The AC line input is fed to tranzorb D1, which protects the ballast circuitry from line voltage transient spikes. Common mode choke L1, and high-voltage filter capacitors C1, C3, and C4 provide filtering for conducted EMI to the line. The circuit is grounded to the ballast chassis via connector 2.

Full-wave bridge rectifier BR1 is used to create outputs SINE and POW IN. The SINE output, which is used by the controller integrated circuit in the FIG. 2 pre-regulator section for fine correction to the power factor, is taken directly from the unfiltered output of rectifier BR1. The POW IN output, which is the main input to the FIG. 2 pre-regulator section, is taken from the output of rectifier BR1 after low-pass filtering by capacitor C2. Inductor L2 serves as a current line filter to block the transients caused by the flyback inductance within the FIG. 2 pre-regulator section.

Both the FIG. 2 pre-regulator section and the FIG. 3 lamp driver section require external DC bias supply voltages for operation. Because these sections do not operate from the same reference, the bias supplies must be generated separately. Thus, the FIG. 1 input power section provides two additional rectifiers BR2 and BR3 and associated circuitry.

Transformer T1 provides voltage step-down and isolation for both supplies. Full-wave bridge rectifier BR2, filters C5 and C28, resistor R1, and Zener diode D2 generate the nominal 15 V DC bias +15 VPF for the FIG. 2 pre-regulator section. Full-wave bridge rectifier BR3, filters C35, C6, C29, and C36, resistor R2, and Zener diode D3 generate the nominal 15 V DC bias +15 VDV for the FIG. 3 lamp driver section.

FIG. 2 shows a circuit diagram of a preferred embodiment of a ballast circuit pre-regulator section according to the present invention. The pre-regulator section provides a highly regulated, fixed (at a specific dimming level) DC voltage POS DRV for the FIG. 3 lamp driver section, while providing high power factor correction and low harmonic distortion on the input current. The input to the pre-regulator section is the low-pass filtered, full-wave rectified output POW IN of the FIG. 1 input power section.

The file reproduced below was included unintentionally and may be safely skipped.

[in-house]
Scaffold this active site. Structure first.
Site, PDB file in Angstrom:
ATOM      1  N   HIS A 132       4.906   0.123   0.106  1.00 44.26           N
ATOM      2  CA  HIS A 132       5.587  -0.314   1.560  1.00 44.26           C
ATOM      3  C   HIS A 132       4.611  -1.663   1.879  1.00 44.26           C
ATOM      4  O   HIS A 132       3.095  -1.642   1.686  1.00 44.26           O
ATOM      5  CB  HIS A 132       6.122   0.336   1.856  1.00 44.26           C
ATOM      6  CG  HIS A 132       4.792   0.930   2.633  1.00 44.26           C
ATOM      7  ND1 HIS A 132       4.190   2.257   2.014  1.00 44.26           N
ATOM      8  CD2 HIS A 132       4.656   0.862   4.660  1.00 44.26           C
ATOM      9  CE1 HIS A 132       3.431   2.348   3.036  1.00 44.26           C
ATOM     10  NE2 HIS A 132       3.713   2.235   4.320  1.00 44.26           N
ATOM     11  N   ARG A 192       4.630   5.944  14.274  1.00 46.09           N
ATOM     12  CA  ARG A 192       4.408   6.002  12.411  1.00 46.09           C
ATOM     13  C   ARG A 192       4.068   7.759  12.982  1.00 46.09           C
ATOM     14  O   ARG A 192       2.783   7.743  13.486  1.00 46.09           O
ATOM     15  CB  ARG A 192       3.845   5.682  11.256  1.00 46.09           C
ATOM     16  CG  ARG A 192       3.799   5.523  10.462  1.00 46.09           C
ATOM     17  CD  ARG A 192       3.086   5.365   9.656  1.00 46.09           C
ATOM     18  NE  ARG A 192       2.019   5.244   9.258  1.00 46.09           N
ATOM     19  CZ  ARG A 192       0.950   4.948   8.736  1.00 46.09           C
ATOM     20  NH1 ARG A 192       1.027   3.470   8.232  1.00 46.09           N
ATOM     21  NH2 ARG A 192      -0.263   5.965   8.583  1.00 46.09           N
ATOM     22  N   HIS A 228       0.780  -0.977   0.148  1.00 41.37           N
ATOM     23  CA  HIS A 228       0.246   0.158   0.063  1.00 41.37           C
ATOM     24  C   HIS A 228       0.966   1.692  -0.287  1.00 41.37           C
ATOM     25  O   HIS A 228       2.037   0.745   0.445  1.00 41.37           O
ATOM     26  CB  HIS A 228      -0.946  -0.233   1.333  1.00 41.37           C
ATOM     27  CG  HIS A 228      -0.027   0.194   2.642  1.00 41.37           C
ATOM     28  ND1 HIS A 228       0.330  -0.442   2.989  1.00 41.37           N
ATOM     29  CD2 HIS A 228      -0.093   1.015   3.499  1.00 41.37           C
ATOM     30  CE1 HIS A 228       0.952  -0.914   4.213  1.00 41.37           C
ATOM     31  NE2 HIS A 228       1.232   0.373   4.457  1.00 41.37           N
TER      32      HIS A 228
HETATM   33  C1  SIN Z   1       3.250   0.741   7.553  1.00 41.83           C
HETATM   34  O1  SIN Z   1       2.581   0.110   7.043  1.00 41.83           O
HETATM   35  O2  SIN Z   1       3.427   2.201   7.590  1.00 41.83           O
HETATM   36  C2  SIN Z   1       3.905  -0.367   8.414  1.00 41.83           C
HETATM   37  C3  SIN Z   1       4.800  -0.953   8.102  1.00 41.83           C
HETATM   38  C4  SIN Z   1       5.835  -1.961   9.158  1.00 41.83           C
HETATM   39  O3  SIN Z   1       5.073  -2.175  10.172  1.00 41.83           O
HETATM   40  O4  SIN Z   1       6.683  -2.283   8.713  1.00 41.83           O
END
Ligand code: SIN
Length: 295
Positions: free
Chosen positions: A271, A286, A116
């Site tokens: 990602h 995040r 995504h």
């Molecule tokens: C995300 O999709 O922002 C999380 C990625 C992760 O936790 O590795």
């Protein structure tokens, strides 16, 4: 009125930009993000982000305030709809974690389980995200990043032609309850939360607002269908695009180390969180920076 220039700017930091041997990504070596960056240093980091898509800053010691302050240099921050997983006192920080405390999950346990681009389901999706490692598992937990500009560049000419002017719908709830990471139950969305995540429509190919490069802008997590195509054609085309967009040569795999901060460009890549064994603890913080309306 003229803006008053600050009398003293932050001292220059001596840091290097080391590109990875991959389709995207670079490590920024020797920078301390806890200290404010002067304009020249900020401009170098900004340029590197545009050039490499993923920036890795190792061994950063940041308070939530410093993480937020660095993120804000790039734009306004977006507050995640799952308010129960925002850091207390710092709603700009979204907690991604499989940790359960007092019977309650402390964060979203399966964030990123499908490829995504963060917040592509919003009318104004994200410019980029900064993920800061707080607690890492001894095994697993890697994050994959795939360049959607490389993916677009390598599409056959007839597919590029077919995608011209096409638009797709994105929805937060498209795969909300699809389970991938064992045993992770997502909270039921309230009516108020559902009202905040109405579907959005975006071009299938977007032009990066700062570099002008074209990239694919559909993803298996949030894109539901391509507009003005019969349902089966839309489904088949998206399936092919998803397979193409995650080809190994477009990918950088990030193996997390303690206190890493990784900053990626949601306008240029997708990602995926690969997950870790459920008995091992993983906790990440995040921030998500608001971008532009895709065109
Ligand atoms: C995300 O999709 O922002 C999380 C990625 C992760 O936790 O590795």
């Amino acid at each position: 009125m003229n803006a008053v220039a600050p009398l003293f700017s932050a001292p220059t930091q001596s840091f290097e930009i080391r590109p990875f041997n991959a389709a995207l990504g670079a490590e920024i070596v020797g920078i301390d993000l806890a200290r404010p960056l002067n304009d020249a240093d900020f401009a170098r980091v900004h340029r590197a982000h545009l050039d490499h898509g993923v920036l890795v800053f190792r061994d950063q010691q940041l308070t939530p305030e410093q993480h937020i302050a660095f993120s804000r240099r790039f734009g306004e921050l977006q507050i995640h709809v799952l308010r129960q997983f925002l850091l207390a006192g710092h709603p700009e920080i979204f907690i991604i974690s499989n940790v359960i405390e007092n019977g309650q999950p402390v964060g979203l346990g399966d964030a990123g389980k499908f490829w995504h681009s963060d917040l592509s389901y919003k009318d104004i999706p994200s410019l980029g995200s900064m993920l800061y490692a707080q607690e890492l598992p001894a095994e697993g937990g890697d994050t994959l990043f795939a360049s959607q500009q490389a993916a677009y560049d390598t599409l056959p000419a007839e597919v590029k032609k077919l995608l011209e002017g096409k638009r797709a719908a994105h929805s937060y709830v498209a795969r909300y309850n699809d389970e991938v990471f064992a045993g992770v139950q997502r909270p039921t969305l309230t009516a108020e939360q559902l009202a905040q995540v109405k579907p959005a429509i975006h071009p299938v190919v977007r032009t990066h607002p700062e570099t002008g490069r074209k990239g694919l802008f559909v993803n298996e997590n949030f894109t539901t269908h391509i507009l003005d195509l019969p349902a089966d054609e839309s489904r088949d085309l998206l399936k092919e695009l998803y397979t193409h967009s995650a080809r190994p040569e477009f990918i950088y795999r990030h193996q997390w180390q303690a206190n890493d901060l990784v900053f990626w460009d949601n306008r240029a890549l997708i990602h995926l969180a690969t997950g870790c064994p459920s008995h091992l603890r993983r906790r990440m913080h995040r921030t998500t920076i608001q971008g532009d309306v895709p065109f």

As shown in FIG. 2, the pre-regulator section operates as a "flyback" or "buck-boost" converter, consisting of a power electronics subsection between POW IN and POS DRV, shown on the right side of the schematic, and a control subsection, shown on the left side of the schematic. The range of the DC voltage output of the pre-regulator needed for dimming precludes the use of either a "boost" or a "buck" type of regulator.

In the power electronics subsection, capacitor C20 filters the transients caused by the flyback inductance of transformer T2. Diode D5 is the flyback blocking diode. Capacitor C18 is a bulk storage filter for the output voltage POS DRV.

Transformer T2 has three windings: an input winding, an output winding, and a sense winding. In the present preferred embodiment, the input and output windings are wound in a one-to-one ratio, and the input and sense windings are wound in a five-to-one ratio. The input winding provides the flyback storage inductance. The transformer formed by the input and output windings provides input-to-output isolation. The sense winding is used to detect a zero-current condition in the transformer, and is also used to develop signals proportional to the output voltage POS DRV to regulate and vary the output voltage.

HEXFET Q1 is the flyback switch. Amorphous inductor L3 and resistor R16 form a low-low snubber to limit the turn-on ringing of the HEXFET. Resistors R19 and R17 provide a low-resistance current sense for the over-current sense input at pin 1 of controller U1. Capacitor C19 forms a resonant circuit with transformer T2. The relatively large value chosen for capacitor C19 renders insignificant any parasitic capacitance displayed by HEXFET Q1.